By Sgt. 1st Class Jason Shepherd, United States Army, Pacific Public AffairsJune 2, 2009
HICKAM AIR FORCE BASE, Hawaii - A Category 4 hurricane hits Hawaii, injuring hundreds and severely damaging the infrastructure, prompting the governor to ask the federal government for help. The military is asked to provide vital assistance.
Joint Task Force-Homeland Defense stands up and immediately sends out the Deployable Assessment Team, capable of going anywhere in 24-72 hours to provide an "eye on the ground" for commanders in the Pacific.
This is the exact scenario that played out when more than 20 members of the DAT deployed to Kauai May 30 to provide an on the ground view of the damage as part of Exercise Makani Pahili 09.
"We're going into here in a homeland defense scenario where the area has been devastated by a hurricane and most of the infrastructure has been knocked out," said Col. Sean Callahan, director of operations for USARPAC's Contingency Command Post. "So we go in and provide an assessment and provide a very small and command and control capability to the senior commander as required."
"We will provide a forward and rapidly deployable element that can provide the assessments from people who are actually on the ground who can see what the terrain looks like and send that information back to JTF-HD," added Capt. Jeremy Pflug, lead action officer for the DAT. "I think in the end, having us on the ground will help us save lives."
The DAT is one part of USARPAC's newest element, the Contingency Command Post. The CCP has taken the place of the Operational Command Post as USARPAC becomes leaner and capable of going anywhere in the theater with a trained and ready force.
"The CCP is capable of conducting small scale contingency operations," said Lt. Gen. Benjamin R. Mixon, commanding general, USARPAC. "The command post will be deployable and be prepared to go out, and if augmented, can also handle other contingency operations such as a small joint task force involved in peace enforcement."
According to Callahan, this marks the first deployment for the DAT. This is a new capability that can provide an assessment of a disaster relief/humanitarian assistance type scenario in any austere environment, especially important for USARPAC's role as the lead element for JTF-HD.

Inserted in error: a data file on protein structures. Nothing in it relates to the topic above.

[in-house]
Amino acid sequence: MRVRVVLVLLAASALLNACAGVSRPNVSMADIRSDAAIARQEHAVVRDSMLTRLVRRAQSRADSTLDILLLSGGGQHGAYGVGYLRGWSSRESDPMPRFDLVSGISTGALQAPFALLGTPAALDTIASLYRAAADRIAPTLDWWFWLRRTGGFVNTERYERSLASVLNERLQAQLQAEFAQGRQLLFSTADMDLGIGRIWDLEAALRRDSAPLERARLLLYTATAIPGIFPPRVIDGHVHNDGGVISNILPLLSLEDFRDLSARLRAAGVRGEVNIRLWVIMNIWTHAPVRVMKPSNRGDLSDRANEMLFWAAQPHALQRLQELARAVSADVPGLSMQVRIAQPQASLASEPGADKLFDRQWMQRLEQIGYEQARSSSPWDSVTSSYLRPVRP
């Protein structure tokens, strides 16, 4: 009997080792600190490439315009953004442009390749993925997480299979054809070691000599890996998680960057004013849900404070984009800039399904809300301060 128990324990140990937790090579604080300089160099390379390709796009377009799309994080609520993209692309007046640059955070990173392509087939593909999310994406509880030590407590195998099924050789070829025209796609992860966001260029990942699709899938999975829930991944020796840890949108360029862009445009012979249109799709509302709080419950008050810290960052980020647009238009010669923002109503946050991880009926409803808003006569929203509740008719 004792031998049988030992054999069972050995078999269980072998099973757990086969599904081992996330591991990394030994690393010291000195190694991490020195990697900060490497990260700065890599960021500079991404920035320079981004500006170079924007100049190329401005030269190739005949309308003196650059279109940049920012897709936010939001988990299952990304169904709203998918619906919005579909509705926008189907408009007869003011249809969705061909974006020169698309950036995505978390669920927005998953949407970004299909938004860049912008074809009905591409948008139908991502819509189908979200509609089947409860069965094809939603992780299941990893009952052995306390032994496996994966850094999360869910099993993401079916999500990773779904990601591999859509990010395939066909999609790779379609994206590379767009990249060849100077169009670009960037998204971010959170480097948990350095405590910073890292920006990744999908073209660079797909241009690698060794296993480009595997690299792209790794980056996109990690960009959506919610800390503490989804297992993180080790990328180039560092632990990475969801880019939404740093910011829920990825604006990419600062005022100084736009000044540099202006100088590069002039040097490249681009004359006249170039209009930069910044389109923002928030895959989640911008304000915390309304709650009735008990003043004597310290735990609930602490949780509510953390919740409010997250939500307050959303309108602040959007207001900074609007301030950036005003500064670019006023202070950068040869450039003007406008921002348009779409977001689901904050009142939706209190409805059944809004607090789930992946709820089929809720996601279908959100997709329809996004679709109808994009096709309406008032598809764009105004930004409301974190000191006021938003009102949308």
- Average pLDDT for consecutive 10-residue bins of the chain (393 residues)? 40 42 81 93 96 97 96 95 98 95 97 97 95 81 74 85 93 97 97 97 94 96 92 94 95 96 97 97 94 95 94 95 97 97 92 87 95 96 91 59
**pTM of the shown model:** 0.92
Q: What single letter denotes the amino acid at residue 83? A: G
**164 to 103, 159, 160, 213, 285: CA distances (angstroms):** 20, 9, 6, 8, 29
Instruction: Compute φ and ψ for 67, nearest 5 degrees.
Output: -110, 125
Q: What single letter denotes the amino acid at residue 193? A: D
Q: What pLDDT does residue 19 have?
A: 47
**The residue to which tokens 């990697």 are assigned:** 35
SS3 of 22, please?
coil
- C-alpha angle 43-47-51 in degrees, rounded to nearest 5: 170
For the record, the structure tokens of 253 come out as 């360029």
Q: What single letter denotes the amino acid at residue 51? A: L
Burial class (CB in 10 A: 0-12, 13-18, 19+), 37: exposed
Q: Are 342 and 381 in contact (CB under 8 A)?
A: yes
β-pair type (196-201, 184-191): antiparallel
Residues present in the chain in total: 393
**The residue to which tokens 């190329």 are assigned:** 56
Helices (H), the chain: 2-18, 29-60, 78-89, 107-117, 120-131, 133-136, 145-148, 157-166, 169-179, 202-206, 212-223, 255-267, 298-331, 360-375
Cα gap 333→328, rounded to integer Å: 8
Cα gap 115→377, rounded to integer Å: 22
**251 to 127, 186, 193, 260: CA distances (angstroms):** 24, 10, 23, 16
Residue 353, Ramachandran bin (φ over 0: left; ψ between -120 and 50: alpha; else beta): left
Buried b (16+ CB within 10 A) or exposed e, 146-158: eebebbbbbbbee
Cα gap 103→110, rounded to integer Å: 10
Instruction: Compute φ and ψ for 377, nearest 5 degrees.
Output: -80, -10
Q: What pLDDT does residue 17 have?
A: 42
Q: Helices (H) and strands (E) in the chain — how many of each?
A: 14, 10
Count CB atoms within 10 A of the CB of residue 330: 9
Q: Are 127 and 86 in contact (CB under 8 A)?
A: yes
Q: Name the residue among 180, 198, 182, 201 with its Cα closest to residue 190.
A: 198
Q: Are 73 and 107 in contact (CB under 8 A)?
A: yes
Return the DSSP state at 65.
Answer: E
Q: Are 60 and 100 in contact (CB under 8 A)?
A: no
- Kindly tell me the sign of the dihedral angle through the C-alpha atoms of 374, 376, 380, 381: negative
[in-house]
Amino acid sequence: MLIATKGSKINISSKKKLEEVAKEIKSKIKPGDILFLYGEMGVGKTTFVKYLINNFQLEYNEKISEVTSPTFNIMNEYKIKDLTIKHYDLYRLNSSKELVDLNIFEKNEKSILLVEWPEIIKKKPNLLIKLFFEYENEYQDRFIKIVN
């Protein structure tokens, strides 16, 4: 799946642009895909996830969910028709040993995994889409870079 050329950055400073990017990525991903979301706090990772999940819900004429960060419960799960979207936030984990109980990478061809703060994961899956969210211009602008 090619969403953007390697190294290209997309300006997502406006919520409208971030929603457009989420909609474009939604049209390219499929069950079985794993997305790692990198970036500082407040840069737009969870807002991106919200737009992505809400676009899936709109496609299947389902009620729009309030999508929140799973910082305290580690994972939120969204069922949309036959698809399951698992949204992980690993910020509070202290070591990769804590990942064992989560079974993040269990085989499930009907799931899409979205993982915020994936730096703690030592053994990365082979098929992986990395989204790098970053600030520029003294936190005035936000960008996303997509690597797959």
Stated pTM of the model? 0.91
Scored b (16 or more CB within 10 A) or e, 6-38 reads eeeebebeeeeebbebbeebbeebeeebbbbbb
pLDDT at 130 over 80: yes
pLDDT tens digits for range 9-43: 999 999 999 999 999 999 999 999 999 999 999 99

"Specifically, the DAT here is tied into Makani Pahili and exercises our emergency management procedures and specifically for USARPAC," he said. "So we provide them an on the ground assessment and operational analysis for their planning and resource requirements and requests for forces, etc.
Callahan said the core of the DAT is the operations center, but equally important are the specialists who come that actually do the assessments and provide that technical feedback for an operational analysis and assessment.
"We've got medical expertise, we've got law enforcement expertise, engineers to assess infrastructure, and number of sustainment specialties who can look at petrol and food stocks, etc," he said. "So we've got a small but pretty comprehensive package that can go in and look at an area and provide an overall assessment of the state of affairs."
Besides the Soldiers, equipment plays an important role in the deployment. The team brought vehicles, communication nodes and automation equipment to do their job. The hardest part for Callahan and his team was trying to figure out who and what to bring.
"This is critical training for us," he said. "We've had to figure out our load plans, configure the loads correctly and task organize ourselves for a field deployment. It's something we normally don't do in a high staff like this so we had to shake out some of the cobwebs and come together and put together our team and figure out our procedures and processes and this is really critical for that."
A United States Air Force C-17 Globemaster transported the team and their equipment to Kauai while members of USARPAC's logistic directorate helped the team load the equipment on the airplane, making this trip a joint venture.
"It was difficult to get the DAT started," said Pflug. "But once everyone saw how important this was, they jumped right in to help."
The team will be deployed to the Pacific Missile Range Facility for the next seven days as part of the exercise.